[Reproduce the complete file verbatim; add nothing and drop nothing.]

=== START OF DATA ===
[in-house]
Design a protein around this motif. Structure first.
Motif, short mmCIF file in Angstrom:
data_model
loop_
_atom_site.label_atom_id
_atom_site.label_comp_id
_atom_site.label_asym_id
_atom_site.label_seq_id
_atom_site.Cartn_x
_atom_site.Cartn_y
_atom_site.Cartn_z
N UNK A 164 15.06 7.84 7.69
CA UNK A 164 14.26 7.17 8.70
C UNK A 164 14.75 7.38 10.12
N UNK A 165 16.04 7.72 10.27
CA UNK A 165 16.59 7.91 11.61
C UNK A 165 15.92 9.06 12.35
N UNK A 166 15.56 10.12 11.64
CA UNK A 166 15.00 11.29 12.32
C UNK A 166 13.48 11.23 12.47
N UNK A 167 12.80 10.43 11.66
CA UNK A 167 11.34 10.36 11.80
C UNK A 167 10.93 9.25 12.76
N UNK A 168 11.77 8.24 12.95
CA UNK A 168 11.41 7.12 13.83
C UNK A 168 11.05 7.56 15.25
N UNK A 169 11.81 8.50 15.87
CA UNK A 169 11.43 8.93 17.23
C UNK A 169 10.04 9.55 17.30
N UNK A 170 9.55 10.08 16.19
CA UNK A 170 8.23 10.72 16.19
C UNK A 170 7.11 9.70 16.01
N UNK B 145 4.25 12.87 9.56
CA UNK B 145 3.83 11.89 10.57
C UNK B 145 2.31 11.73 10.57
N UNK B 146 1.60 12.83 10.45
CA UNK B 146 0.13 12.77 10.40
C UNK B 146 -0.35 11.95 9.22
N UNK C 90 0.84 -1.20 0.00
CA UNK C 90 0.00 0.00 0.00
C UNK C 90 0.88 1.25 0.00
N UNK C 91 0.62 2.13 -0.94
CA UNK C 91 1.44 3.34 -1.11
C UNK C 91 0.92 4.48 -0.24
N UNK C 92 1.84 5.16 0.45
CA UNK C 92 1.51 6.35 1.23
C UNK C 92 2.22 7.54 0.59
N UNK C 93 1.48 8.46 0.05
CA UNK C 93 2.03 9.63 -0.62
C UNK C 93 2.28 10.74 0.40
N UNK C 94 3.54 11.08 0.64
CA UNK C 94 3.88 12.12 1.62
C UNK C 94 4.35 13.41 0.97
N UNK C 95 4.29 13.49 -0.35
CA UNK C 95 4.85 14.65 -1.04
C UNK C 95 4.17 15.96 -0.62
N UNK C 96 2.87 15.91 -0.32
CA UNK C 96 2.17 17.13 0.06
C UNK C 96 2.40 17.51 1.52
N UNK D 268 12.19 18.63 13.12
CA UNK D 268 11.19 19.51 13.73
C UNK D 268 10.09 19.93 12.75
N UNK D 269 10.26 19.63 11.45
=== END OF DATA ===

[in-house]
Design a protein around this motif. Structure first.
Motif, short mmCIF file in Angstrom:
data_model
loop_
_atom_site.label_atom_id
_atom_site.label_comp_id
_atom_site.label_asym_id
_atom_site.label_seq_id
_atom_site.Cartn_x
_atom_site.Cartn_y
_atom_site.Cartn_z
N UNK A 164 15.06 7.84 7.69
CA UNK A 164 14.26 7.17 8.70
C UNK A 164 14.75 7.38 10.12
N UNK A 165 16.04 7.72 10.27
CA UNK A 165 16.59 7.91 11.61
C UNK A 165 15.92 9.06 12.35
N UNK A 166 15.56 10.12 11.64
CA UNK A 166 15.00 11.29 12.32
C UNK A 166 13.48 11.23 12.47
N UNK A 167 12.80 10.43 11.66
CA UNK A 167 11.34 10.36 11.80
C UNK A 167 10.93 9.25 12.76
N UNK A 168 11.77 8.24 12.95
CA UNK A 168 11.41 7.12 13.83
C UNK A 168 11.05 7.56 15.25
N UNK A 169 11.81 8.50 15.87
CA UNK A 169 11.43 8.93 17.23
C UNK A 169 10.04 9.55 17.30
N UNK A 170 9.55 10.08 16.19
CA UNK A 170 8.23 10.72 16.19
C UNK A 170 7.11 9.70 16.01
N UNK B 145 4.25 12.87 9.56
CA UNK B 145 3.83 11.89 10.57
C UNK B 145 2.31 11.73 10.57
N UNK B 146 1.60 12.83 10.45
CA UNK B 146 0.13 12.77 10.40
C UNK B 146 -0.35 11.95 9.22
N UNK C 90 0.84 -1.20 0.00
CA UNK C 90 0.00 0.00 0.00
C UNK C 90 0.88 1.25 0.00
N UNK C 91 0.62 2.13 -0.94
CA UNK C 91 1.44 3.34 -1.11
C UNK C 91 0.92 4.48 -0.24
N UNK C 92 1.84 5.16 0.45
CA UNK C 92 1.51 6.35 1.23
C UNK C 92 2.22 7.54 0.59
N UNK C 93 1.48 8.46 0.05
CA UNK C 93 2.03 9.63 -0.62
C UNK C 93 2.28 10.74 0.40
N UNK C 94 3.54 11.08 0.64
CA UNK C 94 3.88 12.12 1.62
C UNK C 94 4.35 13.41 0.97
N UNK C 95 4.29 13.49 -0.35
CA UNK C 95 4.85 14.65 -1.04
C UNK C 95 4.17 15.96 -0.62
N UNK C 96 2.87 15.91 -0.32
CA UNK C 96 2.17 17.13 0.06
C UNK C 96 2.40 17.51 1.52
N UNK D 268 12.19 18.63 13.12
CA UNK D 268 11.19 19.51 13.73
C UNK D 268 10.09 19.93 12.75
N UNK D 269 10.26 19.63 11.45